My overall advise is don't get pedantic over lighting, props, printers or anything else. You can do a good job and make the people very happy without making too many rods for your own back. You need to concentrate on making a good product ( not the most fantastic one ever created) and more than anything, efficency in photographing the people in good saleable poses and having the images ready for them to take home and leave enough time for the 2nd wave of groups etc.

    Thanks Glort! I think I may have read some of your other posts before. The tips sound familiar! I am going to do the onsite printing because, as you've said, that's where the money is. And now, I can gladly say that the dye sub is off the table. I'm going to invest in a few inkjets (probably epson) and go from there. I have called the venue and they will have decorations setup in the foyer near the ballroom. I've decided to go ahead and order a suitable grey background since they will not have the decorations up until the week before the party. Glort, what is your advice on how to organize the workflow so that the images are easy to locate and deliver to the right customer? I realize I'm not working with nearly the number you are accustomed to dealing with, but even at 250 and this being my first event like this, it seems that every method I run through in my head makes things far too complicated. I think I may be over-thinking it, as is usually my case. Does your assistant keep up with the customers names and correlated them with image files? How do you do it, to keep it fast and easy?
  • GlortGlort Registered Users Posts: 1,015 Major grins
    edited November 7, 2013
    I bought an Epsom Printer earlier this year for a specific job I had to cover. Suffice to say I do not find it nearly as good as the canons I have for event work. It holds far less paper, the print speed is 50% slower despite being stated as 50% faster, it makes horrible noises in the lengthy time it takes to prp itself to print ( although it is quiet while actually printing) and the software it comes with is miles away from the versatility of the canons.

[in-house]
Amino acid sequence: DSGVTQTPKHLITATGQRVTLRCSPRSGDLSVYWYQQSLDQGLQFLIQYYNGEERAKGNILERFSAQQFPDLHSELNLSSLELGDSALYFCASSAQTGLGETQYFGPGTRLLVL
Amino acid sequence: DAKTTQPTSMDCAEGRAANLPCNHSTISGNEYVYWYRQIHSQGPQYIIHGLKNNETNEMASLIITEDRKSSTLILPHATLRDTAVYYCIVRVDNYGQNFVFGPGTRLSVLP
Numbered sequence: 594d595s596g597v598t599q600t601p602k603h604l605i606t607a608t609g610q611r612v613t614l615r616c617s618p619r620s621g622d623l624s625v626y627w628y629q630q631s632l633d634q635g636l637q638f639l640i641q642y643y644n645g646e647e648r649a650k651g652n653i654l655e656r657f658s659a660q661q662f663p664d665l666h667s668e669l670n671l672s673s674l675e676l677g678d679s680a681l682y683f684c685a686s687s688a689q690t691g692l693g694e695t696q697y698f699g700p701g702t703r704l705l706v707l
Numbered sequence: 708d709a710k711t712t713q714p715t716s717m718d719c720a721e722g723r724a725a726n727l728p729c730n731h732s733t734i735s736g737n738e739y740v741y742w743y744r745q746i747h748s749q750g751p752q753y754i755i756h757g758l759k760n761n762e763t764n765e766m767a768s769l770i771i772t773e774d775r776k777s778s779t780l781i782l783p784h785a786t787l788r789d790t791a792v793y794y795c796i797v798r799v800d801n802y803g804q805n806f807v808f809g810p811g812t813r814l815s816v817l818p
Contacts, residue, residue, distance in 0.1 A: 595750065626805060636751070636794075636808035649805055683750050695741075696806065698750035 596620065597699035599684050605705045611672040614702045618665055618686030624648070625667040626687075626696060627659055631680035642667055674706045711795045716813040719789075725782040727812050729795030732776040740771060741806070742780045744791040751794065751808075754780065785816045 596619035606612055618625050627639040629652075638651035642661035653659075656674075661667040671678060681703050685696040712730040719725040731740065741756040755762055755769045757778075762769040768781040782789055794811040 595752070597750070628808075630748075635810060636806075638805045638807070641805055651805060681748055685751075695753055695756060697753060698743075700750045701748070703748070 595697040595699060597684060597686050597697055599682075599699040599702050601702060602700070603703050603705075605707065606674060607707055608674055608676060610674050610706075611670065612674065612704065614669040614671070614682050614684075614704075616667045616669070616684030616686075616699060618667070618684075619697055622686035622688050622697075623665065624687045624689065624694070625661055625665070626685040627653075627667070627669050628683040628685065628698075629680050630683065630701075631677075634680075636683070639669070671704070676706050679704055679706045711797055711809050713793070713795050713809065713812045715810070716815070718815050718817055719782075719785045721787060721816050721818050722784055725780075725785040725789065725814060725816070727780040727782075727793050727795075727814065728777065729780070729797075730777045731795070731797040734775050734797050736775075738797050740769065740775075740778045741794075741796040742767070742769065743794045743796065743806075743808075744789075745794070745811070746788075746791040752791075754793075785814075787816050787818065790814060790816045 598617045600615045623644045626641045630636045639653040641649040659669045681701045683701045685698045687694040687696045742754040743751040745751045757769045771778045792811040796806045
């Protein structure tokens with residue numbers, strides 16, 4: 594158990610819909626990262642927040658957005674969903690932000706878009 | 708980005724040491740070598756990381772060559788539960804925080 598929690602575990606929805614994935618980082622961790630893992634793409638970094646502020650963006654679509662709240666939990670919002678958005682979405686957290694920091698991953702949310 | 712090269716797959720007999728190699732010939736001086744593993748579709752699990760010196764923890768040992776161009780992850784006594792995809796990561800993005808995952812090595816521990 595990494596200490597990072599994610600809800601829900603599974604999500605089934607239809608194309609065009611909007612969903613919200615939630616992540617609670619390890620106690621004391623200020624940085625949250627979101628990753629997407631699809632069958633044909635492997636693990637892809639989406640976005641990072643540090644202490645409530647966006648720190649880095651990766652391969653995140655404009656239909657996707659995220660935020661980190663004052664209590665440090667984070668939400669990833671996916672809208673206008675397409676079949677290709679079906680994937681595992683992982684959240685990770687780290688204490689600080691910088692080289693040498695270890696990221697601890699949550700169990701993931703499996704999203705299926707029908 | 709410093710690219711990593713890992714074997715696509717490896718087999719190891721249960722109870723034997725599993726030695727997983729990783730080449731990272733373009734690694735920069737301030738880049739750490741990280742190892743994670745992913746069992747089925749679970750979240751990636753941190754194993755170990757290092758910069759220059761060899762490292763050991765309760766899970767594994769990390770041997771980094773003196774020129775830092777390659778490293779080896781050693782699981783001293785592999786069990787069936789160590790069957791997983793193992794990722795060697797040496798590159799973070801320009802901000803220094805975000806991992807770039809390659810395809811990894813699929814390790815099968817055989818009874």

I did get caught out badly on one event I took it to with something that I took for granted with the canons which the epsom just didn't have. Luckily being pedantic with plan B,C D and E with these jobs I just went down to the car and grabbed a canon and I was fine. Just surprised the Epsom didn't have the feature I used every canon has had on models going back about 10 years.

    Another BIG annoyance with the Epsom is the thing will stop printing mid print when it thinks it has run out of ink. It shoots out half a bit of paper. After you re set it and it makes noises like a combine harvester that swallowed a brick for 3.5 minutes, the moronic POS then prints the other half of the print it wasted therefore wasting 2 bits of paper. AGGGHHHH!

    This can really stuff you up if you are batch printing as I regularly do because then you have to wait for the batch to go through and go back and find the images the thing double half printed and put them through again. If you are doing multi pic packs, then you also have to go through and find the rest of the prints so the pack is complete.